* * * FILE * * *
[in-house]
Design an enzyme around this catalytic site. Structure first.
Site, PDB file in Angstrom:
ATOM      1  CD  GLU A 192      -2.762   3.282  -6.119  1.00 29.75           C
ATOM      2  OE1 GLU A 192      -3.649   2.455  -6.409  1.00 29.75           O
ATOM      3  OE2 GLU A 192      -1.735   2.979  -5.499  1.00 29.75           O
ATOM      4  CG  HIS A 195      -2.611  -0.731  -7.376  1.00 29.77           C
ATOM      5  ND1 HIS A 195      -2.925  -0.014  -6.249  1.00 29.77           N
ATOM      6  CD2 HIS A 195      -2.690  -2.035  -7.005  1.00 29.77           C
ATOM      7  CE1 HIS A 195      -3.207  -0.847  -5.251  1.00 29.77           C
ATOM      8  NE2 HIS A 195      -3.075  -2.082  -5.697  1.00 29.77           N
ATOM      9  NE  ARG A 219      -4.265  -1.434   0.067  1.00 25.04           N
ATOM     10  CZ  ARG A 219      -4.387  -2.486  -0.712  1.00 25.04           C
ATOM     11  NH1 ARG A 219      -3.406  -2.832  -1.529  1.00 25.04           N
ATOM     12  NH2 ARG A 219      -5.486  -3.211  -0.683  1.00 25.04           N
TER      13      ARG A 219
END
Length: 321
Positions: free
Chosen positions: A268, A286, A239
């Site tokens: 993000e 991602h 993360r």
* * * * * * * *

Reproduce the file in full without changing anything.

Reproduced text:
[in-house]
Design an enzyme around this catalytic site. Structure first.
Site, PDB file in Angstrom:
ATOM      1  CD  GLU A 192      -2.762   3.282  -6.119  1.00 29.75           C
ATOM      2  OE1 GLU A 192      -3.649   2.455  -6.409  1.00 29.75           O
ATOM      3  OE2 GLU A 192      -1.735   2.979  -5.499  1.00 29.75           O
ATOM      4  CG  HIS A 195      -2.611  -0.731  -7.376  1.00 29.77           C
ATOM      5  ND1 HIS A 195      -2.925  -0.014  -6.249  1.00 29.77           N
ATOM      6  CD2 HIS A 195      -2.690  -2.035  -7.005  1.00 29.77           C
ATOM      7  CE1 HIS A 195      -3.207  -0.847  -5.251  1.00 29.77           C
ATOM      8  NE2 HIS A 195      -3.075  -2.082  -5.697  1.00 29.77           N
ATOM      9  NE  ARG A 219      -4.265  -1.434   0.067  1.00 25.04           N
ATOM     10  CZ  ARG A 219      -4.387  -2.486  -0.712  1.00 25.04           C
ATOM     11  NH1 ARG A 219      -3.406  -2.832  -1.529  1.00 25.04           N
ATOM     12  NH2 ARG A 219      -5.486  -3.211  -0.683  1.00 25.04           N
TER      13      ARG A 219
END
Length: 321
Positions: free
Chosen positions: A268, A286, A239
């Site tokens: 993000e 991602h 993360r």